Castro, who resigned the Cuban presidency last year due to ill health, also said the men were removed as "the external enemy filled itself with expectations for them," although it was not clear who this referred to.
Both Roque and Lage had been mooted as possible future leaders of Cuba after the Castro brothers leave the Cuban political scene.
It is not clear what the moves will mean for future US-Cuba relations, although Barack Obama, the US president, has said he was willing to talk with Cuban leaders and wants to loosen restrictions on travel to the island by Cuban-Americans.
At least 20 officials were shifted, demoted or promoted in Cuba's government on Monday, in a move the government said was intended to make Cuba's government more compact and functional and to work towards "perfecting" the Cuban system.
Roque who had been Havana's chief diplomat since May 1999, was replaced by his deputy, Bruno Rodriguez.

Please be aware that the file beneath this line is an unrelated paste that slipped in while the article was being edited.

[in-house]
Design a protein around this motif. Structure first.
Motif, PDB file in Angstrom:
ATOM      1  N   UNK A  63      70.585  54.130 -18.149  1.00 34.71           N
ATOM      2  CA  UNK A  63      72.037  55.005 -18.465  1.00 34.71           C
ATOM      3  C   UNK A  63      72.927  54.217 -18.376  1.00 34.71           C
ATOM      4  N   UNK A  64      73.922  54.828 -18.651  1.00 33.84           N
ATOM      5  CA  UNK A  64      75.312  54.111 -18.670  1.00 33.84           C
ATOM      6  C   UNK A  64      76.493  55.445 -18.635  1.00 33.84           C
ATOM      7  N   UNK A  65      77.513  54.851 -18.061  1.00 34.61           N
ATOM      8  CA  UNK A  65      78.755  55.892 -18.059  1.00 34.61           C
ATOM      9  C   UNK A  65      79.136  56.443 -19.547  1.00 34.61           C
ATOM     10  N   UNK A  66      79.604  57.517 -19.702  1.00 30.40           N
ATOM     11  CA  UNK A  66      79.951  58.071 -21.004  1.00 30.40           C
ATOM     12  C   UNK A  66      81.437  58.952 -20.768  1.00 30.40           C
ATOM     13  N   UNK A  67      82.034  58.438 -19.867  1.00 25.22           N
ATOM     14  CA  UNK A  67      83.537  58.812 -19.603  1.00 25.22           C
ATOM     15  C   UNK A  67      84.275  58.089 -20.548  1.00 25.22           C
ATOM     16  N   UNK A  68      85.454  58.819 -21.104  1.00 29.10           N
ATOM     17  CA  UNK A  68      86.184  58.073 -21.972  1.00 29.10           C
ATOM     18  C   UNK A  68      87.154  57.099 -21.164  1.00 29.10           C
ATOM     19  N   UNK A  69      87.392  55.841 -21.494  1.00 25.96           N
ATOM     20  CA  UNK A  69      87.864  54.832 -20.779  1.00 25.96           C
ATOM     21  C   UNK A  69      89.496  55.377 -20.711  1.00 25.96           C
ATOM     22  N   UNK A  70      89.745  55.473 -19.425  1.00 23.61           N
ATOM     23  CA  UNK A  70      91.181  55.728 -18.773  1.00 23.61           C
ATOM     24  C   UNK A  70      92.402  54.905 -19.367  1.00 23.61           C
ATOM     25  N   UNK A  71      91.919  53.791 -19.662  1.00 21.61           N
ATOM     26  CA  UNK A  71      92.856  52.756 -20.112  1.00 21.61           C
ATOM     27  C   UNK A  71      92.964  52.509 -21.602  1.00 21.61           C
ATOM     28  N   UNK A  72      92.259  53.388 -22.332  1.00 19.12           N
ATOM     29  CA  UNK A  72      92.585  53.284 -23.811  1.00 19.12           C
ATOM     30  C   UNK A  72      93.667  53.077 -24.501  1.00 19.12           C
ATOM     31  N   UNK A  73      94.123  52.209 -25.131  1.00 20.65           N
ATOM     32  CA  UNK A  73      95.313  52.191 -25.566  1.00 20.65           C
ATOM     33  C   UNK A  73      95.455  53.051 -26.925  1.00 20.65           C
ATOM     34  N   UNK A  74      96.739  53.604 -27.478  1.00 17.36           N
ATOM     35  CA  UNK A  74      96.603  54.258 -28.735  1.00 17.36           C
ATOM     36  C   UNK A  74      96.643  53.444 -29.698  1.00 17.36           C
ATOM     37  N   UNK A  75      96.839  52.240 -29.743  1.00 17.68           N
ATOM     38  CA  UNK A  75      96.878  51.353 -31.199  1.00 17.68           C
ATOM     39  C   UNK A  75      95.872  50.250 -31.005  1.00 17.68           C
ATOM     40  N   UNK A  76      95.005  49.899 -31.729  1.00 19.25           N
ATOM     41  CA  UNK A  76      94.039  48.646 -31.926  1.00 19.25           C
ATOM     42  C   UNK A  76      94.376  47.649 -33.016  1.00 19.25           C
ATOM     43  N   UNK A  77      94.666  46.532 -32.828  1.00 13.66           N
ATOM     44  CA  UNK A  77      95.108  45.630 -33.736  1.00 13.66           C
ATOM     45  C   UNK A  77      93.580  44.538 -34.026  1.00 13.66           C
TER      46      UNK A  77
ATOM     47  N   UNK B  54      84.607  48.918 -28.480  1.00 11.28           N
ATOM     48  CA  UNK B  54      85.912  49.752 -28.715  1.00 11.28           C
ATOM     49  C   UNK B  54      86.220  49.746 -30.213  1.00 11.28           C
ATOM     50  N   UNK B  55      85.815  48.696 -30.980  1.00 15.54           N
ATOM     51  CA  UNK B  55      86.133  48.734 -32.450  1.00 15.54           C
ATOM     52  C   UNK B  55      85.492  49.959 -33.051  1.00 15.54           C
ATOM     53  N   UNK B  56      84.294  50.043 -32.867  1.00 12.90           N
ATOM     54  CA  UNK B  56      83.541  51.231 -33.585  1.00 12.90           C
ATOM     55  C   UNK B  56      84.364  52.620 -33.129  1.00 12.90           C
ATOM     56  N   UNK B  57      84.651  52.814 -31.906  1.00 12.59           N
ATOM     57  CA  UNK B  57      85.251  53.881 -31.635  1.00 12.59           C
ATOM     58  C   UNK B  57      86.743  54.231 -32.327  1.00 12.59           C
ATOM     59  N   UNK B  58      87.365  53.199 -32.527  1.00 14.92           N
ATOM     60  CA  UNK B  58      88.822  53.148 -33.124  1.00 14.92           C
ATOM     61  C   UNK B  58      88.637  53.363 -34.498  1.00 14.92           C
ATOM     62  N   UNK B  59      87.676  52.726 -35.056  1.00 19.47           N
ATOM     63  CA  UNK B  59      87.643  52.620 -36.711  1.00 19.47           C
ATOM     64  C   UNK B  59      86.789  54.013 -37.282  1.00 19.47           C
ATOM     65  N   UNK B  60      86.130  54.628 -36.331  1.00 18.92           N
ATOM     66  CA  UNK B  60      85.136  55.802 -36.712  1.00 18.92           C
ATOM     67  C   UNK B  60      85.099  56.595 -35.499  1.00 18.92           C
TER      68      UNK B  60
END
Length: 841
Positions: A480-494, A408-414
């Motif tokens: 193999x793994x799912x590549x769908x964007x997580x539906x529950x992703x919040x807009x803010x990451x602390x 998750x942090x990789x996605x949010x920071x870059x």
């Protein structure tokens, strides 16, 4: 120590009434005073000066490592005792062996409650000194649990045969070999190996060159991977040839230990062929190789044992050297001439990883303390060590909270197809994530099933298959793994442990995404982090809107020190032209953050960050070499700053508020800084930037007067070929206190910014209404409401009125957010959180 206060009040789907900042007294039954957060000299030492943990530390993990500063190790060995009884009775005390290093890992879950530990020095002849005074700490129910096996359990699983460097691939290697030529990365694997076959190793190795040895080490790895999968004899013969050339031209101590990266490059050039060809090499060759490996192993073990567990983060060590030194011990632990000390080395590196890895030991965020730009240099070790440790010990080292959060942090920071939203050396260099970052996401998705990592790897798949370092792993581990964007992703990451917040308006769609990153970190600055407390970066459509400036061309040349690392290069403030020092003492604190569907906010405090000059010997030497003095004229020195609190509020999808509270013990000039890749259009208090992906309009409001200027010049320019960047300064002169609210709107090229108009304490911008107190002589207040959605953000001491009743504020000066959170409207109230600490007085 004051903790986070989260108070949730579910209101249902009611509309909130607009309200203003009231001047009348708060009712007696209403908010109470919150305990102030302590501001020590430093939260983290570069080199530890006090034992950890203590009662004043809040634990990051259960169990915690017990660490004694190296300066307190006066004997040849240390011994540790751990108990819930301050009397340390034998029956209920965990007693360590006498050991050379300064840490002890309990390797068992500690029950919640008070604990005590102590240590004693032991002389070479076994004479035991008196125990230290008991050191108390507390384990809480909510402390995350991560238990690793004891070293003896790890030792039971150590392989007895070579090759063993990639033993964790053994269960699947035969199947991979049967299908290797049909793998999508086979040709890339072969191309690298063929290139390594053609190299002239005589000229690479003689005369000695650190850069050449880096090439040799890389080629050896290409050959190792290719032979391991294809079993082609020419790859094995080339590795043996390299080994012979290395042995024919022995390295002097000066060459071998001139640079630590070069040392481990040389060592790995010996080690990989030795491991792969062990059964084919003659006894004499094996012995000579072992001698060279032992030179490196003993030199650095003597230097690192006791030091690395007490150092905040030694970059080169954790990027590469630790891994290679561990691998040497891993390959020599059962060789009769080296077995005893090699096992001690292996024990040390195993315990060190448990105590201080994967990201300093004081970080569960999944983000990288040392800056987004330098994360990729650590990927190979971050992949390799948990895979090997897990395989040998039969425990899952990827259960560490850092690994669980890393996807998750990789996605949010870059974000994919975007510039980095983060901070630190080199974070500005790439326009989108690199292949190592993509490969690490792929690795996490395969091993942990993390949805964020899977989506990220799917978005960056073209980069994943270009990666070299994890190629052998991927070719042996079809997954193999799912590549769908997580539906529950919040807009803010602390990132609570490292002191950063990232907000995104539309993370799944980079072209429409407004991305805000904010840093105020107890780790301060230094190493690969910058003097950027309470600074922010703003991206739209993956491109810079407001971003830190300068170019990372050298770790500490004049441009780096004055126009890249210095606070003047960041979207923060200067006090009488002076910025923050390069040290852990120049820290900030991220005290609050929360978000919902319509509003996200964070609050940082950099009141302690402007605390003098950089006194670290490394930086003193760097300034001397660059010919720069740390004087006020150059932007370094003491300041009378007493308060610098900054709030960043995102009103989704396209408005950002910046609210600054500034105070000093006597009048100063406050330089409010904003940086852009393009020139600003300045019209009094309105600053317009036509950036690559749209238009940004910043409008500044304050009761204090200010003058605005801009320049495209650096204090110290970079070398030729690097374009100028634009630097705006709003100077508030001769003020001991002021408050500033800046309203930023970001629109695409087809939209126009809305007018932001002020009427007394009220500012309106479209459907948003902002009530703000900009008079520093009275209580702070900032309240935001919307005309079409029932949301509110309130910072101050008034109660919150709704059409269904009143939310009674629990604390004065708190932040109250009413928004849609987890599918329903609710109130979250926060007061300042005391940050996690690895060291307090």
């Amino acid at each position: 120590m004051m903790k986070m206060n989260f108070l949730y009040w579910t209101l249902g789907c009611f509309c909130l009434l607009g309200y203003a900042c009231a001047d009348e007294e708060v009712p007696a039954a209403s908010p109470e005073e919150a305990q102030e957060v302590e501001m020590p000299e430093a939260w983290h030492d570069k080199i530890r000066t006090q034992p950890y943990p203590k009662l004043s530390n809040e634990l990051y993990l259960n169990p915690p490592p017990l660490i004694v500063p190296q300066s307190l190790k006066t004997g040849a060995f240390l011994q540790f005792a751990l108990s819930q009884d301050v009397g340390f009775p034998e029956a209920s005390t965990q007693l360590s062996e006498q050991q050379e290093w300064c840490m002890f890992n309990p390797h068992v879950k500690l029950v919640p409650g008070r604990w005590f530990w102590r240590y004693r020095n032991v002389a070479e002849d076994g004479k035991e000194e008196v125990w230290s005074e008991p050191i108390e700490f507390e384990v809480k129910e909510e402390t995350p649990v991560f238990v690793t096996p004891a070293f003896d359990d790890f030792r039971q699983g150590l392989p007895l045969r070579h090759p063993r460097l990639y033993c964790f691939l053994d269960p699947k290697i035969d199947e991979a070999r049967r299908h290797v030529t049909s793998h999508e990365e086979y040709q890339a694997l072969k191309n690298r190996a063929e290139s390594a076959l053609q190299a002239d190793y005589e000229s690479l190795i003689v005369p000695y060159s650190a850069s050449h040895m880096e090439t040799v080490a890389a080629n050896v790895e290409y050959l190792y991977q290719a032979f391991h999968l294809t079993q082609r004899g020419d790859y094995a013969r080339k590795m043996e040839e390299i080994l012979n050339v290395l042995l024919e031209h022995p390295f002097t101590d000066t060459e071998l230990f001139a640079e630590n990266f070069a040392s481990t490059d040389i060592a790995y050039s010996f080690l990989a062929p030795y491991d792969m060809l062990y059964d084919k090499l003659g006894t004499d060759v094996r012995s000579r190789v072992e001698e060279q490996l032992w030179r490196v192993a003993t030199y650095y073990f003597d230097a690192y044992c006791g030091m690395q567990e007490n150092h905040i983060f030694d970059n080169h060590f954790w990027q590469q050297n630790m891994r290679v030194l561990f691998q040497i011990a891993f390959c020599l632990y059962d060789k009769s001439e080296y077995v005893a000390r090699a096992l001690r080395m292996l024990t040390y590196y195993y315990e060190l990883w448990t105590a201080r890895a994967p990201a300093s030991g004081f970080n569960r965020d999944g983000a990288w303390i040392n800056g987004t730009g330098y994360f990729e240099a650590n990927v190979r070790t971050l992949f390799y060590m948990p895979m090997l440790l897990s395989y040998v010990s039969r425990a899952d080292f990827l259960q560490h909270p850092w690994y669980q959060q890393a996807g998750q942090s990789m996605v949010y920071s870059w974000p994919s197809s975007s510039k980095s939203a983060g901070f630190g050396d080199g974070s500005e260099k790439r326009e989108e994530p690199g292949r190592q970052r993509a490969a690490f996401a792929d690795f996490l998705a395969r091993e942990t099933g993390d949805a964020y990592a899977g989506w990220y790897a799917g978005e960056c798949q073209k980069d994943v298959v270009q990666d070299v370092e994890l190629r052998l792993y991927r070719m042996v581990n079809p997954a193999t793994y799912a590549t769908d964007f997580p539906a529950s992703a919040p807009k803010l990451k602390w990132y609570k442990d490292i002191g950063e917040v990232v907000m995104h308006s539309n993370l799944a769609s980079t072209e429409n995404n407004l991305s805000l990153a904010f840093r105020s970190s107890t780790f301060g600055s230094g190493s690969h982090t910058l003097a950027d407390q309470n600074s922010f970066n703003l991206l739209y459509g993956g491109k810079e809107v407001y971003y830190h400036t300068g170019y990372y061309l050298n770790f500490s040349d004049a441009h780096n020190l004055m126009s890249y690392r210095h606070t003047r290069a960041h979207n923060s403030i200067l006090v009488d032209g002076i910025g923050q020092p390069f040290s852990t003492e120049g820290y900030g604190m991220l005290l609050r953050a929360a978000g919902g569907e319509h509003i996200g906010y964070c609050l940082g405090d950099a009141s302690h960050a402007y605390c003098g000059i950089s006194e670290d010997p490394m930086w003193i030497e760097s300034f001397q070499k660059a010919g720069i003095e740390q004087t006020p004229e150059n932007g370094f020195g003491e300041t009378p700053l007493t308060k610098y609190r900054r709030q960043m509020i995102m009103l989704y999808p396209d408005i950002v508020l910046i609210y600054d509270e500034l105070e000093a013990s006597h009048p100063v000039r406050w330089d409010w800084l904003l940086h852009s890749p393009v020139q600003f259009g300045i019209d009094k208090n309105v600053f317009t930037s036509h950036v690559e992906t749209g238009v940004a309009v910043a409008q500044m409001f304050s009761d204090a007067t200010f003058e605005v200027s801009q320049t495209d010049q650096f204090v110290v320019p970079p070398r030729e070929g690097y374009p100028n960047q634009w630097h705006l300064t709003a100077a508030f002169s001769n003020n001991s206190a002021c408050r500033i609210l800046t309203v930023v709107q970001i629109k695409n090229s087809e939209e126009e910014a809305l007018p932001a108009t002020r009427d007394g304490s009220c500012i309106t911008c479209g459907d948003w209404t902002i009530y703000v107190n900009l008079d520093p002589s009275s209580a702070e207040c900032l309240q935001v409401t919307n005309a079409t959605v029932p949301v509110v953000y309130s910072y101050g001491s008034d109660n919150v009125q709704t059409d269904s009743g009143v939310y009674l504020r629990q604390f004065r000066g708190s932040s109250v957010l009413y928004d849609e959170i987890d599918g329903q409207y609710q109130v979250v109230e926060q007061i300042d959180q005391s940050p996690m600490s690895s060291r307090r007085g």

And Lage, a vice-president who had far-reaching economic powers, was also removed from his post as executive secretary of the Council of Ministers, but it was not clear whether he would stay on as one of the vice-presidents of the Council of State.
He was replaced as cabinet secretary by General Jose Amado Ricardo Guerra, a former top military official.
Lage had been credited with helping to save Cuba's economy by implementing economic reforms after aid from the Soviet Union ended in the early 1990s, while Perez Roque was once personal secretary to Fidel and a former leader of the Communist Party's youth organisation.
In addition Jose Luis Rodriguez, the economy minister, Raul de la Nuez, the minister of foreign trade, and Jose Luis Gacia, the minister of economy and planning, were also removed from their posts.
Georgina Barreiro Fajardo, the finance minister, and Alfredo Morales Cartaya, the labour minister, were also fired and the ministries of fishing and food combined as part of the changes, as were the ministries of foreign investment and foreign trade.